CD 1 Masters of New Mexico Traditional Folk Music - Hispanic and Native American
Cipriano Vigil y los folkloristas de Nuevo México (Cipriano Vigil Jr. & David Garcia)
La Facundita (Trad. Anon. ) 2:52 A song compiled from several different versions collected in northern New Mexico by ethnomusicologist David Garcia of Alcalde. Facundita is the diminutive version of the feminine name Facunda. David sings and plays violin on this recording. With Cipriano and Cipriano Jr. guitars.
Décima alo picante (David Garcia) 2:30 A decima is a song with a ten line verse that originated in Spain. This one, composed by David Garcia, takes the form of a riddle. The answer is fairly obvious to those raised on New Mexican cuisine. David vocal and Cipriano and Cipriano Jr. guitars.
La Llorona (Trad. Anon) 7:16 The weeping woman. A folk song common to both Mexico and New Mexico, Cipriano begins this version with a haunting melody played on the bowed cross-cut saw. Cipriano, David, and Cipriano Jr. guitars
Vals de Francisquita (David Garcia) 2:04 Waltz for Little Francis. An instrumental waltz composed by David Garcia in the traditional style for his maternal grandmother. David, accordion, Cipriano and Cipriano Jr. guitars.
Los Martinez (LorenzoMartinez, Roberto Martinez Jr., & Tony Orduño )
Indita de Cochiti (Trad. Anon.) 2:08 An Indita is a Hispanic New Mexican melody inspired by the music of the indigenous Native Americans of the southwest. They are typically composed in a minor key. This haunting instrumental attributed to Cochiti features Lorenzo on violin, Roberto Jr. on guitar and Tony Orduño on guitarrón.
La Varsoviana (Trad. Anon.) 2:50 The young woman from Warsaw. This melody, also colloquially identified as"Put Your Little Foot" originated in Europe in the early-to-mid 19th century and according to many scholars, came to Mexico with the French Archduke Ferdinand Maximilian and thence north to New Mexico. Over time, this melody has developed many regional variations. The Martinez family originally hailed from Mora, NM and this is their version. Lorenzo on violin, Roberto Jr. on guitar and Tony Orduño on guitarrón.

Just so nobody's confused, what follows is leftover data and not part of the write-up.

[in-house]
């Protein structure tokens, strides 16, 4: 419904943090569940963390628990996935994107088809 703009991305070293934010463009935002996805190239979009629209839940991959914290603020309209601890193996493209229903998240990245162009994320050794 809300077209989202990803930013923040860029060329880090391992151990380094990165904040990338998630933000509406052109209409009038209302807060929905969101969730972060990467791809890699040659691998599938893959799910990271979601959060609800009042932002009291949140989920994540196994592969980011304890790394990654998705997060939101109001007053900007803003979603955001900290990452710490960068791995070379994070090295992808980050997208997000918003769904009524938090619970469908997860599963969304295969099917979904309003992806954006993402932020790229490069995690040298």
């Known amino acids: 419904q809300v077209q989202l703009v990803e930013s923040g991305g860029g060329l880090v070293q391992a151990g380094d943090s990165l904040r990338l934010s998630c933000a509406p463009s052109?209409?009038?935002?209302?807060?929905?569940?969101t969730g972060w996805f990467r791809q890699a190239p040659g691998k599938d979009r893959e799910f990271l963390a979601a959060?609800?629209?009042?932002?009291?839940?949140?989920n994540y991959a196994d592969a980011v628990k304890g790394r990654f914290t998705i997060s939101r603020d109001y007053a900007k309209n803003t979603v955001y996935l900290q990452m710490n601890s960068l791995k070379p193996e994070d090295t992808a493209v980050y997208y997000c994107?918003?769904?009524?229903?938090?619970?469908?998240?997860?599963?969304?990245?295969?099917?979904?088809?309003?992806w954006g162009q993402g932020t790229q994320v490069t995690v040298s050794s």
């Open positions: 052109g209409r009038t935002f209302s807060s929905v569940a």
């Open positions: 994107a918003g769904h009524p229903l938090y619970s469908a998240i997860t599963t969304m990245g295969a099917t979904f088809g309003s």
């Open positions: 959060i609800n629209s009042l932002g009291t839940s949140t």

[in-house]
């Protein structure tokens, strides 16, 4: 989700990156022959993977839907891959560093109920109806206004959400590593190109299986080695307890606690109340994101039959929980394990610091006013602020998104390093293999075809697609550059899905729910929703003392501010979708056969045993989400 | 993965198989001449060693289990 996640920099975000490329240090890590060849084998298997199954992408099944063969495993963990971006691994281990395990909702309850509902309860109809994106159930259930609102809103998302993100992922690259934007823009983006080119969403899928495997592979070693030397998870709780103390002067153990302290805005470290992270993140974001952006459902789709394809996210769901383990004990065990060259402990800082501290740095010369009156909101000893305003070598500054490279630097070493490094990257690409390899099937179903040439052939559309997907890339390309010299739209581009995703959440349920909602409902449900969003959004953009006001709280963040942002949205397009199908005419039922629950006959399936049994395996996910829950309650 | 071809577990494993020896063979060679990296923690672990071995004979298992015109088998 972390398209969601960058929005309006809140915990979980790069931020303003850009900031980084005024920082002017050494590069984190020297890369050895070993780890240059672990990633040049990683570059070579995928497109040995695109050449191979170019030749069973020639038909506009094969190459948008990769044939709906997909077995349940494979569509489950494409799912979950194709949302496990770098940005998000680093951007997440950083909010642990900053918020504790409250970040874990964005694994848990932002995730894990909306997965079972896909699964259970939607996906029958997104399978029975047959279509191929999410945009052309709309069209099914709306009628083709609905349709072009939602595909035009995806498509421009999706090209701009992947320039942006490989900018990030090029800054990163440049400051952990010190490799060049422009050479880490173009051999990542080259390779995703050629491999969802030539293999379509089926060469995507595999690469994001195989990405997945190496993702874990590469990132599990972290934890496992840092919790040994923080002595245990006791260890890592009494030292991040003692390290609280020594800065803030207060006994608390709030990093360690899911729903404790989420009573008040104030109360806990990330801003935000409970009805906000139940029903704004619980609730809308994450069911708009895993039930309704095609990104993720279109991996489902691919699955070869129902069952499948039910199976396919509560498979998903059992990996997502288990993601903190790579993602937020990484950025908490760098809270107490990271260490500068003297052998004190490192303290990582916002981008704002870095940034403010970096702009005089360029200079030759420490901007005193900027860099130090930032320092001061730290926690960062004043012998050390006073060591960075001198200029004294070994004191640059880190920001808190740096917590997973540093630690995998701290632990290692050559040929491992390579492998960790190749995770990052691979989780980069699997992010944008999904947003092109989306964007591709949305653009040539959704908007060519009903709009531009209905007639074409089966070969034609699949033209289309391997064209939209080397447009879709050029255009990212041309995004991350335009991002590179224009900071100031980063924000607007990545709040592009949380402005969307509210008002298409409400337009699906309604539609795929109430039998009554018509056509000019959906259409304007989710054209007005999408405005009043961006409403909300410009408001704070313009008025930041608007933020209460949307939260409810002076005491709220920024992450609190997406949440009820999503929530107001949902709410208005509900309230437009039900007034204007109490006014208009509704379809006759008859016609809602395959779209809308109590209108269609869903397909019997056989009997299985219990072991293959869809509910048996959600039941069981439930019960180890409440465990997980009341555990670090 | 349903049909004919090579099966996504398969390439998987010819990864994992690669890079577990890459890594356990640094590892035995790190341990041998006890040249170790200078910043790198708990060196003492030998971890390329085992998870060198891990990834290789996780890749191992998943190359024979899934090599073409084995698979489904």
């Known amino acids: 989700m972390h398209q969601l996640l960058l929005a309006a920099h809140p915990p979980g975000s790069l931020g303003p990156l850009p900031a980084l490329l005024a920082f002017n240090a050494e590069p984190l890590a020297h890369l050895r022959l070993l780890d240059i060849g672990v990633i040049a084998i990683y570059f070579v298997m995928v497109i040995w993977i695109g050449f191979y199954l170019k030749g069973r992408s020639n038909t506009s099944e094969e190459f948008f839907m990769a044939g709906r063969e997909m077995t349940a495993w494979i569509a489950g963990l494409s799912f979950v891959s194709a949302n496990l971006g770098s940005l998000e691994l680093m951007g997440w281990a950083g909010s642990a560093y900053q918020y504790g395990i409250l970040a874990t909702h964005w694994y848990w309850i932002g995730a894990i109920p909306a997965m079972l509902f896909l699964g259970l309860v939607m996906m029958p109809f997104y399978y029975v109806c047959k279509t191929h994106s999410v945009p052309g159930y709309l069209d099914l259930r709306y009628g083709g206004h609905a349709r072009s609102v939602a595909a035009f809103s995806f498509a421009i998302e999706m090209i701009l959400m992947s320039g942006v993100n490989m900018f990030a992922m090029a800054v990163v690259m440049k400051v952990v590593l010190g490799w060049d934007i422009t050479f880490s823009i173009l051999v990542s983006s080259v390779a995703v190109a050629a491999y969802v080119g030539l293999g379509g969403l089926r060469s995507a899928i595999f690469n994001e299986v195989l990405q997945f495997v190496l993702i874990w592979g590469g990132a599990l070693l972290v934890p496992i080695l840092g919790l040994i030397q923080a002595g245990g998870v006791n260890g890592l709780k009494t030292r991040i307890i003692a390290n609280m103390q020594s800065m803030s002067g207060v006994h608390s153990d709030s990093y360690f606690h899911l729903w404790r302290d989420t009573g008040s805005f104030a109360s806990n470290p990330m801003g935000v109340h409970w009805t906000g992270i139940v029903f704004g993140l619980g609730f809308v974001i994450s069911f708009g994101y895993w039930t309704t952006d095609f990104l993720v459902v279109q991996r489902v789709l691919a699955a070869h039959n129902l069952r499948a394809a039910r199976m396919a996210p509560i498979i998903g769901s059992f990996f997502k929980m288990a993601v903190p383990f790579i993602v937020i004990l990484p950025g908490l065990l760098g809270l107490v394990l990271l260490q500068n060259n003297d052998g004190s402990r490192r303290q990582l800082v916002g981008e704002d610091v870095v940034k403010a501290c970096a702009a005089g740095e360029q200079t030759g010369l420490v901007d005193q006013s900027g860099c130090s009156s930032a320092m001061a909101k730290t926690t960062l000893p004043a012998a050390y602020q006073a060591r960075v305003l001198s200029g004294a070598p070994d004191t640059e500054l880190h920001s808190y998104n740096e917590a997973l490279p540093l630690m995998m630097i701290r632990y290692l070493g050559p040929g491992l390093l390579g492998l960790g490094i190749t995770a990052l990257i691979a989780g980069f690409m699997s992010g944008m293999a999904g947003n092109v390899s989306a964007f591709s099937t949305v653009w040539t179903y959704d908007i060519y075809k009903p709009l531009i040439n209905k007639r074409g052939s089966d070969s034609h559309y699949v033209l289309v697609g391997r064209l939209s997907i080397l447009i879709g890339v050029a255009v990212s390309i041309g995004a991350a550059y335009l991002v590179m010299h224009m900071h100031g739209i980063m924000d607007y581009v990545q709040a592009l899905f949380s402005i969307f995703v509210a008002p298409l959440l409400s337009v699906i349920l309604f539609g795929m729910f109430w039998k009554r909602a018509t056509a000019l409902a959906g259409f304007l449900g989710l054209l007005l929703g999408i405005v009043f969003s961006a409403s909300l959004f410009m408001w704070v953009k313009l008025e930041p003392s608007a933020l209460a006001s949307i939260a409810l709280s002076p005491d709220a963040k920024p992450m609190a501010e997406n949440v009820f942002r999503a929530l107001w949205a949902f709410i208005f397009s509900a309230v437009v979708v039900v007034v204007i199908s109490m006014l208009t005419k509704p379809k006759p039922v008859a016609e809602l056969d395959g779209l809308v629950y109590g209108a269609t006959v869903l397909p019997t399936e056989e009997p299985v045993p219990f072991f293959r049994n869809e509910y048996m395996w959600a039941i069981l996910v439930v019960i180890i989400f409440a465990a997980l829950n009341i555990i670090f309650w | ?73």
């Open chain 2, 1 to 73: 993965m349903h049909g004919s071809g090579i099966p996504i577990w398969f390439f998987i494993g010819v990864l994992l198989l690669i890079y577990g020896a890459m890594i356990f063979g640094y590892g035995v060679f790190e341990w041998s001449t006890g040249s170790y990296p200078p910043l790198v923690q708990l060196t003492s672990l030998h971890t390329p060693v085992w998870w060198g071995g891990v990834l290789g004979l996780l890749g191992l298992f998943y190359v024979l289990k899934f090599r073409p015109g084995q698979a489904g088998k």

El Paseadito (Trad. Anon.) 2:30 The little step. This is a chotís or in English, a schottische, a melody to accompany a dance step of Scottish origin. Schottisches were widely popular across Europe and the U.S. in the 19th century and many regional compositions were written to accompany the step. This particular chotís appears to be unique to New Mexico. Lorenzo on violin, Roberto Jr. on guitar and Tony Orduño on guitarrón.
Mi Pecosita (Trad. Anon.) 2:33 My little freckled girl. This popular polka is one of the best known and revered of the old baile (dance) tunes in northern New Mexico. Lorenzo on violin, Roberto Jr. on guitar and Tony Orduño on guitarrón.
Las Mañanitas (Trad. Anon.) 2:51 The little hands. This is one of the most popular folk songs of Mexico and surrounding environs. Over time it has become a staple that is played at birthdays, saint's days, quinceaños, and many other types of celebrations and anniversaries, often early in the morning As is typical with folk songs, there are many different verses and the words vary from region to region. Roberto lead vocal and guitar, Lorenzo and Tony vocal harmonies, violin and guitarrón.
Antonia Apodaca & El Trio Jalapeno, Ray Casias, Bernardo Jaramillo
Flor de las Flores (Trad. Anon.) 3:48 Flower of the flowers. A folk song of Mexican origin that is very popular in New Mexico and that has been recorded bymany different artists. Antonia puts her own stamp on this version and sings it in both English and Spanish. Antonia vocal and accordion, Ray vocal andguitar, Bernardo bass.
Frijolitos Pintos (Trad. Anon.) 2:32 A humorous song about the pleasures and gastric perils of eating pinto beans. Antonia vocal and accordion, Ray vocal and guitar, Bernardo bass.
Waltz (Antonia Apodaca) 2:24 Waltz for Jose and Rafaelita. An instrumental tune played on the accordion by Tonie that she learned from her parents. Antonia vocal and accordion, Ray vocal and guitar, Bernardo bass.
Margarita (Trad. Anon.) 3:17 Ay que lástima! What a shame (how sad). Pretty Margarita is sitting in her window crying. An unrequited song of courting. Antonia vocal and accordion, Ray vocal and guitar, Bernardo bass.